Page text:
I'm having trouble visualizing an Action that can't be done at a particular time; can you provide an example or two?

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                    • #11
                      Sure. Say I need a url from our marketing department.

                      Now, I could break into a tiny steps - ask for url, follow-up on url, insert url or I could have one action - get url from marketing.

                      It's not action that can be completed immediately, because I have ask and wait. But, it's also overkill to break what is for me a simple step into many pieces when I can simply put in under @agenda and shoot off the email.

                      If getting the url is not time sensitive, do I just put a tickler in calendar and leave the action open?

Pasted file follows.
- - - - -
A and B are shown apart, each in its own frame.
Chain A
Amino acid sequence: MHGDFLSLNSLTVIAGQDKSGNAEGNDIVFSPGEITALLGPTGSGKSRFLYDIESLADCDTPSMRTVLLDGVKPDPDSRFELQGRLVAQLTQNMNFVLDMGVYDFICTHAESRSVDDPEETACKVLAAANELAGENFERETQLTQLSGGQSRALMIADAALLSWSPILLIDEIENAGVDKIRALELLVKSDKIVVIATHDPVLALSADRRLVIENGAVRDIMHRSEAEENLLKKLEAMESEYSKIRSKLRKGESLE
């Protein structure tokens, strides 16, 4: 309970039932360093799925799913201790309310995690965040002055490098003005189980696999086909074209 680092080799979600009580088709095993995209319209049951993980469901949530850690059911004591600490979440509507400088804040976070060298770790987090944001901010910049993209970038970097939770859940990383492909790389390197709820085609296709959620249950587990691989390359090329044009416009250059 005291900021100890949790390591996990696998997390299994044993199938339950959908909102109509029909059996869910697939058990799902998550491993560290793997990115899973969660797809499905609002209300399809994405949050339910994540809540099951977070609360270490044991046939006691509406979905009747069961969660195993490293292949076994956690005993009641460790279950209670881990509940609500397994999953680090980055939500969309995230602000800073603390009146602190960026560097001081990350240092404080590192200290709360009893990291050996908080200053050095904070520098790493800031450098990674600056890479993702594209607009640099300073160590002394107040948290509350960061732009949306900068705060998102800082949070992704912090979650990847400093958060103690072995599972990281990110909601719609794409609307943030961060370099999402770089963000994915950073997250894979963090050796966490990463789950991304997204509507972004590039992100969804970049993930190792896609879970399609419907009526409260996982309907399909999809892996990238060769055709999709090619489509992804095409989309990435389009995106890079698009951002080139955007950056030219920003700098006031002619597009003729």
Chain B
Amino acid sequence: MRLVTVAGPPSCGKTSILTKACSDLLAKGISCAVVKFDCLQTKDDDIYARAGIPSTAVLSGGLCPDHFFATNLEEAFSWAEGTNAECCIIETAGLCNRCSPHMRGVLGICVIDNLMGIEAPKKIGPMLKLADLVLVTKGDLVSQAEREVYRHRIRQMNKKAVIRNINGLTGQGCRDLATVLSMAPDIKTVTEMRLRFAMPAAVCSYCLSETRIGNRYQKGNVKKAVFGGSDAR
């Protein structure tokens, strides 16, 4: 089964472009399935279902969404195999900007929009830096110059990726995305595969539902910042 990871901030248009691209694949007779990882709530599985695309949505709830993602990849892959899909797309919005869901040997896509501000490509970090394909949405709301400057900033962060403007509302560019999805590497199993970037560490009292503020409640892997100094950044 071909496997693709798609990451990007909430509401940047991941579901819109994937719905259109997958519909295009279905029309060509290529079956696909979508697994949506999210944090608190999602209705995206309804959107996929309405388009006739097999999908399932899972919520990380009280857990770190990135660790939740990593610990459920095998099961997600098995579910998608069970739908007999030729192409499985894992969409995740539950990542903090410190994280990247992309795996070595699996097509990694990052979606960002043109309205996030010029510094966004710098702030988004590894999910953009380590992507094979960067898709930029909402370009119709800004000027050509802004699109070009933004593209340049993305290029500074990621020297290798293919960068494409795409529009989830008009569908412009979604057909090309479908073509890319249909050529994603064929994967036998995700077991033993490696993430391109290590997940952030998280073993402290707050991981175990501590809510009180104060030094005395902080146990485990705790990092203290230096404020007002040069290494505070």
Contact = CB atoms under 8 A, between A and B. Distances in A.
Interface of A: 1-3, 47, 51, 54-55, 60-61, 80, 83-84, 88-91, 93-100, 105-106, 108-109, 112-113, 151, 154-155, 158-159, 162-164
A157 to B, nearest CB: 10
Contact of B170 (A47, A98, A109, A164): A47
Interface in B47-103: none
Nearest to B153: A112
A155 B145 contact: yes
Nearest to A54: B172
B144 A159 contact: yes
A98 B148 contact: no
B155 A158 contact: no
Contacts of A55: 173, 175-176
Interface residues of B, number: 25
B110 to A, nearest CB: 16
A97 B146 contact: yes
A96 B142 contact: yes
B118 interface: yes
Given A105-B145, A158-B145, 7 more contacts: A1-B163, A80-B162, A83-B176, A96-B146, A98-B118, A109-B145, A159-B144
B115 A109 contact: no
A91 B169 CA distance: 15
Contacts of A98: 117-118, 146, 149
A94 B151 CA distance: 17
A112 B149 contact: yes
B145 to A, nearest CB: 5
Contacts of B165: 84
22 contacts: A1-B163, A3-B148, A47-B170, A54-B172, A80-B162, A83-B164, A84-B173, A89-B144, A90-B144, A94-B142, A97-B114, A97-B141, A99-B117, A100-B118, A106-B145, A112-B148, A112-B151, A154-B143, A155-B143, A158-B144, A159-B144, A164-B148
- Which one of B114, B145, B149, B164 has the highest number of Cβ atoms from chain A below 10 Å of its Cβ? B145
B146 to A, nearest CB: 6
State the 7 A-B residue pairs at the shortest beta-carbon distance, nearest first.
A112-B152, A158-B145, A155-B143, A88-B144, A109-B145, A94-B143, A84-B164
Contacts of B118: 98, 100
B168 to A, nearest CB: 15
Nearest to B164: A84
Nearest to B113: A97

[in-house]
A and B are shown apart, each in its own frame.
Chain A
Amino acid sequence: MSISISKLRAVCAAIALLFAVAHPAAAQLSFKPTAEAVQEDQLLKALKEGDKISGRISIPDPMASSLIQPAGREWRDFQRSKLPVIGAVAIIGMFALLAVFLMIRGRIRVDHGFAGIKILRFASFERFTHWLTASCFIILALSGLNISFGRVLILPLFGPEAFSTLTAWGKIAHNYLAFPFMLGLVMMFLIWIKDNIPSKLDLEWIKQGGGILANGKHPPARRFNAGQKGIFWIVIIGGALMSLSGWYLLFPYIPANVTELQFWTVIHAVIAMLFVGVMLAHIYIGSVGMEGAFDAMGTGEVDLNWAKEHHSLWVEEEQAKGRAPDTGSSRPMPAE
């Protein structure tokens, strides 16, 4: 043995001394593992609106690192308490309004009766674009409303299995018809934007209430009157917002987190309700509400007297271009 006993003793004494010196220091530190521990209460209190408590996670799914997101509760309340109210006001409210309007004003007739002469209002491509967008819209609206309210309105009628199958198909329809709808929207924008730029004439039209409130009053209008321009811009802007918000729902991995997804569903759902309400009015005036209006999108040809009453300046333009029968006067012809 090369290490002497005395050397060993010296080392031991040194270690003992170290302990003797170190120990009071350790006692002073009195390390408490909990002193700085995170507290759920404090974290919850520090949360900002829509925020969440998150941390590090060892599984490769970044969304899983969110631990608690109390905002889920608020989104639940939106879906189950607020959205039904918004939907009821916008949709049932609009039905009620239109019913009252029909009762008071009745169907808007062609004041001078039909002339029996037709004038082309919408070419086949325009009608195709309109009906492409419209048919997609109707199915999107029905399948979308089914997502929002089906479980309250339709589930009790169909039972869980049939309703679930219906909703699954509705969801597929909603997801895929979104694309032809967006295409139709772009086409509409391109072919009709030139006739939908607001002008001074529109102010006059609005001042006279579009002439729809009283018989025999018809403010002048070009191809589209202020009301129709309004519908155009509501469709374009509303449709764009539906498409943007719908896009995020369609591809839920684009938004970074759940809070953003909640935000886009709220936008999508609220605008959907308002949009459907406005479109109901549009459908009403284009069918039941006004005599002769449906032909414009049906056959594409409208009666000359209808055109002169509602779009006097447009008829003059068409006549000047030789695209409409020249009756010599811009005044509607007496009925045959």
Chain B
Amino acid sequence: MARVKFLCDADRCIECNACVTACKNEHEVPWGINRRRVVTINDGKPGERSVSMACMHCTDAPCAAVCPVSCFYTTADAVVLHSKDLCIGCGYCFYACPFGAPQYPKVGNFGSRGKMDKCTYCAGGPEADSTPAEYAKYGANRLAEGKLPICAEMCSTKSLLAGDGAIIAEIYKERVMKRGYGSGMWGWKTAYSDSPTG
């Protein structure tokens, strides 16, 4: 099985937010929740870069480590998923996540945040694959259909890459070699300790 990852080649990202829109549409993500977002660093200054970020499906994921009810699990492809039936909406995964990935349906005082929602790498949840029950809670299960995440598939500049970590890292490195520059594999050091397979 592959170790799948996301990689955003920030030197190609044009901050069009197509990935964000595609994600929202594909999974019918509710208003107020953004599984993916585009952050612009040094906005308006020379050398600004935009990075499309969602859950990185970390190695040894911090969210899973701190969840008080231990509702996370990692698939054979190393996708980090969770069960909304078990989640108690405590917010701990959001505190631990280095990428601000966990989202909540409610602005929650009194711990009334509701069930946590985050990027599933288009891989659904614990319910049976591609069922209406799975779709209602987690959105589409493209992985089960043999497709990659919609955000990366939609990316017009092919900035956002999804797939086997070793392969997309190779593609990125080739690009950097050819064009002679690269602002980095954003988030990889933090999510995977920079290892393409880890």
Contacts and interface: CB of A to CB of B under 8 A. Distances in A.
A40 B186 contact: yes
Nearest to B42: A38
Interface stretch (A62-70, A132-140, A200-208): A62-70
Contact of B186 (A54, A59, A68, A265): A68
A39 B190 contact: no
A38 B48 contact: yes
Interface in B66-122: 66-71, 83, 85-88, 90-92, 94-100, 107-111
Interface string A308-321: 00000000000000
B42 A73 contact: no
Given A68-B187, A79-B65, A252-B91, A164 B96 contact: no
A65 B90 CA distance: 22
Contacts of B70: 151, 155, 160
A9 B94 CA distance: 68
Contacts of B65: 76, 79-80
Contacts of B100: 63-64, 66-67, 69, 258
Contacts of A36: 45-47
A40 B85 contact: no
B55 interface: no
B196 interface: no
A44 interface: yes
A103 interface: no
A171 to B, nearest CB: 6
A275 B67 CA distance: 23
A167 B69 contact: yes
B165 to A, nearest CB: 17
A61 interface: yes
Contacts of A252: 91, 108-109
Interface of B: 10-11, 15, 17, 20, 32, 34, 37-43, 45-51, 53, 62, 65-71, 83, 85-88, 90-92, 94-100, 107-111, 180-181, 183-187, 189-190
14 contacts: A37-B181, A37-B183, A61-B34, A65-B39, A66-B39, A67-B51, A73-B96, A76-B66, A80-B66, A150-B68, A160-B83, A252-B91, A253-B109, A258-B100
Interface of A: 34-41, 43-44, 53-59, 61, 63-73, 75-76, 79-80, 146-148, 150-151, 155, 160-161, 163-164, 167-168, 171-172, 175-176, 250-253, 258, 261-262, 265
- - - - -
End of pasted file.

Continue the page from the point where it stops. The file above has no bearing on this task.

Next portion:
Comment


                      • #12
                        Originally posted by sweat View Post
                        Sure. Say I need a url from our marketing department.

                        Now, I could break into a tiny steps - ask for url, follow-up on url, insert url or I could have one action - get url from marketing.

                        It's not action that can be completed immediately, because I have ask and wait. But, it's also overkill to break what is for me a simple step into many pieces when I can simply put in under @agenda and shoot off the email.

                        If getting the url is not time sensitive, do I just put a tickler in calendar and leave the action open?